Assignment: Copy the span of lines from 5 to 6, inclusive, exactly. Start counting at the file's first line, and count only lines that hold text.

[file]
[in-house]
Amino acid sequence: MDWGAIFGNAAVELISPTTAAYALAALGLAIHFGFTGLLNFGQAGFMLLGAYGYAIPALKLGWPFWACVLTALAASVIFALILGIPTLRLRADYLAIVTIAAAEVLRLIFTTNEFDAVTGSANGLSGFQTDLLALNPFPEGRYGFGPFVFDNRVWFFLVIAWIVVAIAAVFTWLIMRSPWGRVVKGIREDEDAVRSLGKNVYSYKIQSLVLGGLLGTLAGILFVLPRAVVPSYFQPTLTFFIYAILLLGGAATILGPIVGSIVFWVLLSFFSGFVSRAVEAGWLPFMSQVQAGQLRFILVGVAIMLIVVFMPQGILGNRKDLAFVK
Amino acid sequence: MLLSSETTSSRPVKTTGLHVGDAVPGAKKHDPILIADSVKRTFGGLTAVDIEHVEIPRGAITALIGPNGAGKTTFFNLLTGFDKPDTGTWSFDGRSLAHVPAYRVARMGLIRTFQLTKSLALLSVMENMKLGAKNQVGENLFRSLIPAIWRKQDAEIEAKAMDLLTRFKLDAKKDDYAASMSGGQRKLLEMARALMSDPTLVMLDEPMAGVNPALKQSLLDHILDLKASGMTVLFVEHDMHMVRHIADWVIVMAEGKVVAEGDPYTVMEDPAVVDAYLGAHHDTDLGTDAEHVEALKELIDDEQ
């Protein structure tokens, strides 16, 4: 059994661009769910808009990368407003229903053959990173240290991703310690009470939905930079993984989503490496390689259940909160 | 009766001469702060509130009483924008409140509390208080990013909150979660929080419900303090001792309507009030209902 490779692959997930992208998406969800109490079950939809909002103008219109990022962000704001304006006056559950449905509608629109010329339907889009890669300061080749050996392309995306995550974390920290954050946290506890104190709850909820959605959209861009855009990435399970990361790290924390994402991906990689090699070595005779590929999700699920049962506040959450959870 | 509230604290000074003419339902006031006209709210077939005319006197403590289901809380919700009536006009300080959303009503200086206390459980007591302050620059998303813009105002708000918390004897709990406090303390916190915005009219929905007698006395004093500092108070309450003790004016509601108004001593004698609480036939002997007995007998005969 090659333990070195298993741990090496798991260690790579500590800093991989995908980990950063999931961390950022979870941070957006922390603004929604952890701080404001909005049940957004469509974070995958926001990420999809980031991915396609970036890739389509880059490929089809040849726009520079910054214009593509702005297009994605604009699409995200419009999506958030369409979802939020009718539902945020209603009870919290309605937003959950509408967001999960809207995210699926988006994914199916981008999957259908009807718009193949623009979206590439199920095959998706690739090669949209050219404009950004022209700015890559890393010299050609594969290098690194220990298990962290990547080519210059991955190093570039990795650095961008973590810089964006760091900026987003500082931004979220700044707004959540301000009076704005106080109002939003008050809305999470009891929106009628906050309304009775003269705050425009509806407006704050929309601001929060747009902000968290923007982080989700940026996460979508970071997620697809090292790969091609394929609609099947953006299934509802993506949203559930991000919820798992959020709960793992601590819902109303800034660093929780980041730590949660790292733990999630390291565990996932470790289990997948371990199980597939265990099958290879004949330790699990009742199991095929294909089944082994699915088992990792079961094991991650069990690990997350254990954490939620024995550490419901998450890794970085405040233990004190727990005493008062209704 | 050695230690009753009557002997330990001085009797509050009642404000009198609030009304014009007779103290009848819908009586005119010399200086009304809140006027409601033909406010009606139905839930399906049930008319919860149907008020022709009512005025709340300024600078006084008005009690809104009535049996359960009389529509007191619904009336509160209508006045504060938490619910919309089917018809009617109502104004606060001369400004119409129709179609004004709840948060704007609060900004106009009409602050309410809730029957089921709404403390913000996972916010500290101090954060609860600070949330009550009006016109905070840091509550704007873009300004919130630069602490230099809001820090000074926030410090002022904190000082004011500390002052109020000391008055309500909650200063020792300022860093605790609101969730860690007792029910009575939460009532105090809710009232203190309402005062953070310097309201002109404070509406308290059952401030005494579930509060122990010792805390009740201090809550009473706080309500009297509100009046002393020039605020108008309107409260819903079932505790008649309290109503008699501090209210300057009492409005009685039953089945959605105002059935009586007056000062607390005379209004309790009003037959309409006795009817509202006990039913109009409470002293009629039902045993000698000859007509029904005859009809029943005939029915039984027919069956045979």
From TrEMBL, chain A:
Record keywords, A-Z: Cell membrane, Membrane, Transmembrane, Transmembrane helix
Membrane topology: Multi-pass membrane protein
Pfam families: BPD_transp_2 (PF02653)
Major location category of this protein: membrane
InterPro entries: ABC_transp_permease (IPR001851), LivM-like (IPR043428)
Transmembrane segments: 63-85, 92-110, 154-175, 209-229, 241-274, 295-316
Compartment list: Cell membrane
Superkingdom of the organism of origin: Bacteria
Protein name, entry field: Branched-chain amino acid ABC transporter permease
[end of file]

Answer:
From TrEMBL, chain A:
Record keywords, A-Z: Cell membrane, Membrane, Transmembrane, Transmembrane helix